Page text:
The following papers on the above subject are available on this Web site:
This paper, given originally as early as 1976 as a talk at an Artificial Intelligence conference, suggests that the question 'how easy is it to make the step from one kind of skill to a more advanced one?' plays a crucial role in defining the developmental process.
This paper describes a new approach to understanding the functioning of the nervous system, unifying previous ideas of Josephson and Hauser (see above), Baas (the hyperstructure concept), and Brooks (layered design of complex systems). Its basis consists in analysing the total developmental process into basic components of development, whose corresponding mechanisms (skill constructors) are organised together into a coherent total system.
It is argued that the constructivist neural network approach to modelling the mind, which tends to reject the idea of innate neural mechanisms adapted to specific problem domains in favour of the idea that expertise in a given domain is acquired by exposure of a general purpose neural network to problems in that domain, is confused. This confusion comes from a failure to appreciate the fact that complex systems may have structure at a number of levels (in this case, both the neuronal level and a level connected with behaviour of an algorithmic character). The old-fashioned algorithmic approach to the mind, on the other hand, failed because it was based on an out of date serial approach to computation and lacked the insights concerning computation found in modern approaches such as that of object-oriented programming. The real nervous system will have equivalents to the 'classes' utilised in languages such as C++ and Java which will guide its constructive activities, and will get some of its power by having built in mechanisms that can provide the equivalent to devices such as inheritance and threads.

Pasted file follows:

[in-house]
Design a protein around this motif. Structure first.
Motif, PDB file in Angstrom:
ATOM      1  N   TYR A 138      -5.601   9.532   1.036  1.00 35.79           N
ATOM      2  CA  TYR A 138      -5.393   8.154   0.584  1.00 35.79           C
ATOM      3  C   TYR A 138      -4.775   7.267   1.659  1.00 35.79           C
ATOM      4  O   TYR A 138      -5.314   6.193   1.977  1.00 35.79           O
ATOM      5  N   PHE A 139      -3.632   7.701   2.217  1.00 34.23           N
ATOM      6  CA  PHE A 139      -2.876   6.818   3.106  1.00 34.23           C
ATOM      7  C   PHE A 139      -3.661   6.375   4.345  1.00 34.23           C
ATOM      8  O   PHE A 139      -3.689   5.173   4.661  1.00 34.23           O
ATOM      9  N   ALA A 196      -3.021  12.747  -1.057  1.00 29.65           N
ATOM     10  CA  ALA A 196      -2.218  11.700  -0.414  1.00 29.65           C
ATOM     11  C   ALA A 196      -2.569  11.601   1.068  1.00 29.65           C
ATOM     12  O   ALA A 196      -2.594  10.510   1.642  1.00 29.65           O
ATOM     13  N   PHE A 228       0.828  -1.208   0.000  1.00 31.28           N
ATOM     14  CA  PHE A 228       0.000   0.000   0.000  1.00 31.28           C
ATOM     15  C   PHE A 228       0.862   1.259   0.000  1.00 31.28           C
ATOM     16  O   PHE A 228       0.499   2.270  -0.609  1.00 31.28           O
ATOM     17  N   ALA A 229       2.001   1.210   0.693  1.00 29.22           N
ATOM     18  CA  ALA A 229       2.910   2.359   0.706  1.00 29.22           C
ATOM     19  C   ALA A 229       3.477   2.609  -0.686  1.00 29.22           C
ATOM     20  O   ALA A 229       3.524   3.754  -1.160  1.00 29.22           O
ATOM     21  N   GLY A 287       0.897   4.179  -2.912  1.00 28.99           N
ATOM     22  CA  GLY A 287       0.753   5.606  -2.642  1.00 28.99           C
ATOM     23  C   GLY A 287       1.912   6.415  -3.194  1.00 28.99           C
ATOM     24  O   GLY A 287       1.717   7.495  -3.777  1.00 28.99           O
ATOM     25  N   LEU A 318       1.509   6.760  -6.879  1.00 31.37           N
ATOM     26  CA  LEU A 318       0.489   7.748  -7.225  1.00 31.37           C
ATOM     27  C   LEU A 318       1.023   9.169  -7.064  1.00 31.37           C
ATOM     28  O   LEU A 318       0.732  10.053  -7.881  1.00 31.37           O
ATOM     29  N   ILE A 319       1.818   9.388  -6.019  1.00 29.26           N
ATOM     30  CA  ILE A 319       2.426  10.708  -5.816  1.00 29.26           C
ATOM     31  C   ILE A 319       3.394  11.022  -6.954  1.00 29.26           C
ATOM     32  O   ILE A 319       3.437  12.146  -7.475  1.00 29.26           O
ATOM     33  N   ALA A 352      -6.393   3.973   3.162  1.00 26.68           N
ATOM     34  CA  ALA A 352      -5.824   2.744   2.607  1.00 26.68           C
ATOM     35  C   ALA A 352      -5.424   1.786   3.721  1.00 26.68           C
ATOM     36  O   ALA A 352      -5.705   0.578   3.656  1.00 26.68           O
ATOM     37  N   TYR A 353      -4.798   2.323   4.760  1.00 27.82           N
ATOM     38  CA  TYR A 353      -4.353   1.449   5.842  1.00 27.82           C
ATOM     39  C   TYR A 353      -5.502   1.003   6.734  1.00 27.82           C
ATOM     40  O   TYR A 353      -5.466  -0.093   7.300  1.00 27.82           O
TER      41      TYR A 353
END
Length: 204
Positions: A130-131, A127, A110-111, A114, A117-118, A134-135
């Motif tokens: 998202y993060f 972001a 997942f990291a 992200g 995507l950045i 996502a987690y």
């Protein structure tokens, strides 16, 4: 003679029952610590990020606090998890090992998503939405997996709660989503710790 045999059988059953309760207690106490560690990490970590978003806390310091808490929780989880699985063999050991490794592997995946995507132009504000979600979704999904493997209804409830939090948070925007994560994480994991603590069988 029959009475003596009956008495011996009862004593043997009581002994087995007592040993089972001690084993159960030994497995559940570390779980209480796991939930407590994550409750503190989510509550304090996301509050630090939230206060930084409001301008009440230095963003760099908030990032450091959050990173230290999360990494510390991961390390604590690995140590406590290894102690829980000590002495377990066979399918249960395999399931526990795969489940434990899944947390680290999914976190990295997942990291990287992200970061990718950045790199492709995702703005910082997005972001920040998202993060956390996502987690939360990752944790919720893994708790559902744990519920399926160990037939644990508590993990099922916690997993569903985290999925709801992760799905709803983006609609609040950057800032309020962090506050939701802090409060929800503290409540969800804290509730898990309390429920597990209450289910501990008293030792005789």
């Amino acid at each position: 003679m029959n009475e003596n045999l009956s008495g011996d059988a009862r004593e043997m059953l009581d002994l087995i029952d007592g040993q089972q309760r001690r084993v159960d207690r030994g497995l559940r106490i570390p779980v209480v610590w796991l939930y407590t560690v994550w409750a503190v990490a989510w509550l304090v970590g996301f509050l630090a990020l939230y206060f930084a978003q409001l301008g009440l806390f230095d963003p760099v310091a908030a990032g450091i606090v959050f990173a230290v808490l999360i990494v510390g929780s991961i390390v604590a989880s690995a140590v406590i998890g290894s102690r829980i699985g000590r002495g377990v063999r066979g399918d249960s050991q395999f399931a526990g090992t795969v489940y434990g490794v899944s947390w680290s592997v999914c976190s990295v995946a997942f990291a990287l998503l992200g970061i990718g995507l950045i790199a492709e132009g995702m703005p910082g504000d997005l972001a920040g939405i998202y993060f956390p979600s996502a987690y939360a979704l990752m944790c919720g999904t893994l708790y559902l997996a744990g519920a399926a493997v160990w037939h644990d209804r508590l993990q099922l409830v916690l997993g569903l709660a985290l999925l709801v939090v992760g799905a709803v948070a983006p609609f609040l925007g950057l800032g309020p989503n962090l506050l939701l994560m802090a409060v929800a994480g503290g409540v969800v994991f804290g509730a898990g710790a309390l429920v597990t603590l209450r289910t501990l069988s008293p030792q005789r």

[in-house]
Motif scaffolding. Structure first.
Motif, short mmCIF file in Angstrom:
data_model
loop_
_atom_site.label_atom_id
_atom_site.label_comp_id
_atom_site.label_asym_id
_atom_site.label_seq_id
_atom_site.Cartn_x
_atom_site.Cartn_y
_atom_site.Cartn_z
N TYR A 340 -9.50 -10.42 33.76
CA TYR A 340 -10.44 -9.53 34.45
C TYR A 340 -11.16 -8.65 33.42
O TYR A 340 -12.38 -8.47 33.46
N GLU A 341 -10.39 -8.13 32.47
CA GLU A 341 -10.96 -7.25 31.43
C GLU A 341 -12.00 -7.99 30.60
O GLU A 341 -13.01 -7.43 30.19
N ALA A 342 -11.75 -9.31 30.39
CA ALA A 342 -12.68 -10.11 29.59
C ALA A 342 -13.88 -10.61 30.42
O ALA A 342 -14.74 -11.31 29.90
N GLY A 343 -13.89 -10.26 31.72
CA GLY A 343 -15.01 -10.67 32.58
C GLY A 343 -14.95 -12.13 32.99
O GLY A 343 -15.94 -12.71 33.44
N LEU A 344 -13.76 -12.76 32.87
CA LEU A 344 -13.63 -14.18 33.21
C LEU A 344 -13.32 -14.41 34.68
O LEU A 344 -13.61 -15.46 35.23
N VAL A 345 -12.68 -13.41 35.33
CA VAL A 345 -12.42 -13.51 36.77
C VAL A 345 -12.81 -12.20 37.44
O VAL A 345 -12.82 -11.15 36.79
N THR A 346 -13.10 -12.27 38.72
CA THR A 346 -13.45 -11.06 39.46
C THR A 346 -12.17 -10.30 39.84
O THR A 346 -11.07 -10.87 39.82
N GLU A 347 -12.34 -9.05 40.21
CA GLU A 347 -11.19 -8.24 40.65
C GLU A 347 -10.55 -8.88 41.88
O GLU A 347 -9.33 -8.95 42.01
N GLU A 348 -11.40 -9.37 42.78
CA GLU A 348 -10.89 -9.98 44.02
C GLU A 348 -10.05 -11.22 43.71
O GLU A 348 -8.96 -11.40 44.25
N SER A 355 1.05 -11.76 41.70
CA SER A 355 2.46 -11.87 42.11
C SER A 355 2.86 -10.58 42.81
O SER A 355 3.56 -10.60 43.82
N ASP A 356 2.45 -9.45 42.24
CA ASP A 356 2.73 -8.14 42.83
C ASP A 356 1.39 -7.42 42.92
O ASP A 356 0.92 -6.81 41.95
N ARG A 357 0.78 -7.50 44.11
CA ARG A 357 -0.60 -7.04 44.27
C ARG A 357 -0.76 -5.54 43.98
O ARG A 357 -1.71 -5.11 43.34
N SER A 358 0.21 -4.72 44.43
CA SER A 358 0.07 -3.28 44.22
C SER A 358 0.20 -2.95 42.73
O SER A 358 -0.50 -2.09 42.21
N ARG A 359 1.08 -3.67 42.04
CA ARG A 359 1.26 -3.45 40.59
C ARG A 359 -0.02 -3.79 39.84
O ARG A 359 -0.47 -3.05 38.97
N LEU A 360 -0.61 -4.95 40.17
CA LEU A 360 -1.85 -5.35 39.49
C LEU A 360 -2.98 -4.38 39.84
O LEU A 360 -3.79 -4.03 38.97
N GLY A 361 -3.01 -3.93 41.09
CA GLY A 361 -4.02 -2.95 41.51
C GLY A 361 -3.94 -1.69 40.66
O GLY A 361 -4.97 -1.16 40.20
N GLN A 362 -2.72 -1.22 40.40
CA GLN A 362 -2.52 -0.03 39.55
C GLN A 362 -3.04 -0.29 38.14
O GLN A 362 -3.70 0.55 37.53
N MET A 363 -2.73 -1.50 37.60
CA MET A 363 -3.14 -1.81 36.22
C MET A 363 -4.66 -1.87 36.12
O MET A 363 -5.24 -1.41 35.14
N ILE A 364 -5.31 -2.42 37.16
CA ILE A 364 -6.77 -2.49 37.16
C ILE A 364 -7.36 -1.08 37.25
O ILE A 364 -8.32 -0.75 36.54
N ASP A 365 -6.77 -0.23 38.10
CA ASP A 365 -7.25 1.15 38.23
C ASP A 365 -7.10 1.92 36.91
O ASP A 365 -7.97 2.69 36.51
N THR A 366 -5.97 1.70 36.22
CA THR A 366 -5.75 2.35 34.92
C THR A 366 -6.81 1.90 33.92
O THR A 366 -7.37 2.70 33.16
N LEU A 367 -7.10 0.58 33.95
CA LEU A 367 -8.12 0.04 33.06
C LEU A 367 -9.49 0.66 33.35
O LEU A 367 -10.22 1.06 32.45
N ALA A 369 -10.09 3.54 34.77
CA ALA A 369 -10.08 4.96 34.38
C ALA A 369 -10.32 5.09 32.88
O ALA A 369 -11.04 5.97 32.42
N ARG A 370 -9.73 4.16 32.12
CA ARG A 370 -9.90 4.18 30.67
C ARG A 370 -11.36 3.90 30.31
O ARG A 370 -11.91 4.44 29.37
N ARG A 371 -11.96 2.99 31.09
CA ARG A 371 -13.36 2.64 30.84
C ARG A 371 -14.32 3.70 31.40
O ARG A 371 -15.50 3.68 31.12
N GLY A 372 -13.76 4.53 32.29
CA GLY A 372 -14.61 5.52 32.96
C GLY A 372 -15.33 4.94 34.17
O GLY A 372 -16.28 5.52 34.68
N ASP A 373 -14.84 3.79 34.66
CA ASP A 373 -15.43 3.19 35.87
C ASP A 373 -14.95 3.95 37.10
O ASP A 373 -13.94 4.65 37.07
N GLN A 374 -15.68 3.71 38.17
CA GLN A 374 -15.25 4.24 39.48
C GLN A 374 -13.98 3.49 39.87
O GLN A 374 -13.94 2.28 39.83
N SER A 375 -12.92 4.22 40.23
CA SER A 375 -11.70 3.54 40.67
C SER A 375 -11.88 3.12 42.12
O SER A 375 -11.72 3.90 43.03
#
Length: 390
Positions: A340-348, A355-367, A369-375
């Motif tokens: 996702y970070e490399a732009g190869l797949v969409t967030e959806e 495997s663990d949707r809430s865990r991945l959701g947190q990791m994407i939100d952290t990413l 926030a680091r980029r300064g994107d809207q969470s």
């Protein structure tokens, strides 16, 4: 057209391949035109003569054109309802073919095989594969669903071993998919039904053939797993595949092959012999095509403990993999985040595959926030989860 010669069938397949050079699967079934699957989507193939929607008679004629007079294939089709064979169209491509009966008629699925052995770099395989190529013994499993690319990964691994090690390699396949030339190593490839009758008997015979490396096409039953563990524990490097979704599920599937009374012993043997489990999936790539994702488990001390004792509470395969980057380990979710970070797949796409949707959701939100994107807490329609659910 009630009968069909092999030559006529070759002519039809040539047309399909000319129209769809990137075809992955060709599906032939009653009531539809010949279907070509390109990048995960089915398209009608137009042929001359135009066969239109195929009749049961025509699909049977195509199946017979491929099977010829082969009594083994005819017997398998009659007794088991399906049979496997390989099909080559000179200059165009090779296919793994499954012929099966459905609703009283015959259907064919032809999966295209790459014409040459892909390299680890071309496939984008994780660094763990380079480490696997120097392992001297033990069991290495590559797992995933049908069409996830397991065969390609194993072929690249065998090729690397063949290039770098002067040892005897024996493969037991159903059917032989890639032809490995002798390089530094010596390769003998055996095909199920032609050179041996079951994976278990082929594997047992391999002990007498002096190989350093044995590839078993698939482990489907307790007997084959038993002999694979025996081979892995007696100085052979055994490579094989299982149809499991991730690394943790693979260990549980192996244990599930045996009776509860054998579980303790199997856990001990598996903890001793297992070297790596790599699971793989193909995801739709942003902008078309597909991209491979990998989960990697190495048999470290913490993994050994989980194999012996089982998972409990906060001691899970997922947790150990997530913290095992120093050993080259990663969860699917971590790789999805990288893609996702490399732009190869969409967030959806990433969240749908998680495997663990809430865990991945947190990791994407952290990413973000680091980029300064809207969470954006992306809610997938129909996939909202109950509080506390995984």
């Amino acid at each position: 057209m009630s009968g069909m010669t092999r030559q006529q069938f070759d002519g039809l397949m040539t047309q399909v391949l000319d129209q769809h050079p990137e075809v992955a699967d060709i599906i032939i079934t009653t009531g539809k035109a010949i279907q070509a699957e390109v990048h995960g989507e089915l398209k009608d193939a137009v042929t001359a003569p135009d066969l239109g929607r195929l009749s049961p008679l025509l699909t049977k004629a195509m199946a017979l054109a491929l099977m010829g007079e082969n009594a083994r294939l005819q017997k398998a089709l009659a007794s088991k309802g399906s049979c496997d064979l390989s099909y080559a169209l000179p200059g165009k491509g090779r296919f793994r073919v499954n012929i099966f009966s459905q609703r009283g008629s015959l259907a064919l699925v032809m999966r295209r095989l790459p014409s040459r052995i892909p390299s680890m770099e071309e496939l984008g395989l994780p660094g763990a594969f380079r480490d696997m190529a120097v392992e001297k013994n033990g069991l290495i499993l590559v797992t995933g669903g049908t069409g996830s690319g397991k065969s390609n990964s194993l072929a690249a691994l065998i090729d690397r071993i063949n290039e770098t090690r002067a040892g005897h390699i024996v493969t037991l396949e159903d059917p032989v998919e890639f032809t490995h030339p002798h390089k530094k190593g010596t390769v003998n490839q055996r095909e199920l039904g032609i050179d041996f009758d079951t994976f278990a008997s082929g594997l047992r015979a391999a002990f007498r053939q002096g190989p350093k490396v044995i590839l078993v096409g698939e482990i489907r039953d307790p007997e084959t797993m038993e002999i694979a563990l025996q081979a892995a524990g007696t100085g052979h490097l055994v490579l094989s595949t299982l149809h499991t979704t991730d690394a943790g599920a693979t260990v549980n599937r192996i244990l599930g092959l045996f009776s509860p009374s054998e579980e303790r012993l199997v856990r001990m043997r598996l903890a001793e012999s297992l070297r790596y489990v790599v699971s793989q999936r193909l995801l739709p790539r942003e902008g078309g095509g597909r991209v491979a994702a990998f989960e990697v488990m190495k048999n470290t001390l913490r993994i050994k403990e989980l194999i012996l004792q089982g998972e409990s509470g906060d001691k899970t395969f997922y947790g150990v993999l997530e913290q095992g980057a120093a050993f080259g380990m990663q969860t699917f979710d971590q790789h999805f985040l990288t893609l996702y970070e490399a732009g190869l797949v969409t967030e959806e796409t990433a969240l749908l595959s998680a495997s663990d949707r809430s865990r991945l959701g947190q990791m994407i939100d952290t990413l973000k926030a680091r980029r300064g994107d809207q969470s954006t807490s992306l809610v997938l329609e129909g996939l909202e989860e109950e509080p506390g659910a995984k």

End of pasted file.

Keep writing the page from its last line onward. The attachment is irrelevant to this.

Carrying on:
This report, written in 1982 but not made generally available until the mid 1990's when the IPPE archive made publication possible over the Internet, applies the multistage development concepts of Josephson and Hauser to language. It sketches out what mechanisms might be behind the developing child's ability to discover step by step what the phenomenon of language is all about. It transcends the misleading but still commonplace idea that the process of language acquisition occurs in a kind of a vacuum where the question of which sequences of words are grammatical is about all that really matters. Instead, in the approach to language proposed here, the use that can be made of language is what attention is primarily focussed upon.
This project investigates a concept of cognitive development due to N. Baas, according to which development consists primarily of joining simple structures into more complex ones, and these into still more complex ones and so on; specific observer mechanisms note the behaviour of various combinations and adjust the interactions that do the joining accordingly. The idea is applied to a problem involving the attempt to stabilise an unstable one-dimensional system. The simulation integrates a collection of elementary movements into more complex ones, and it is found that long-term stability results only when a correctly designed observer mechanism is used.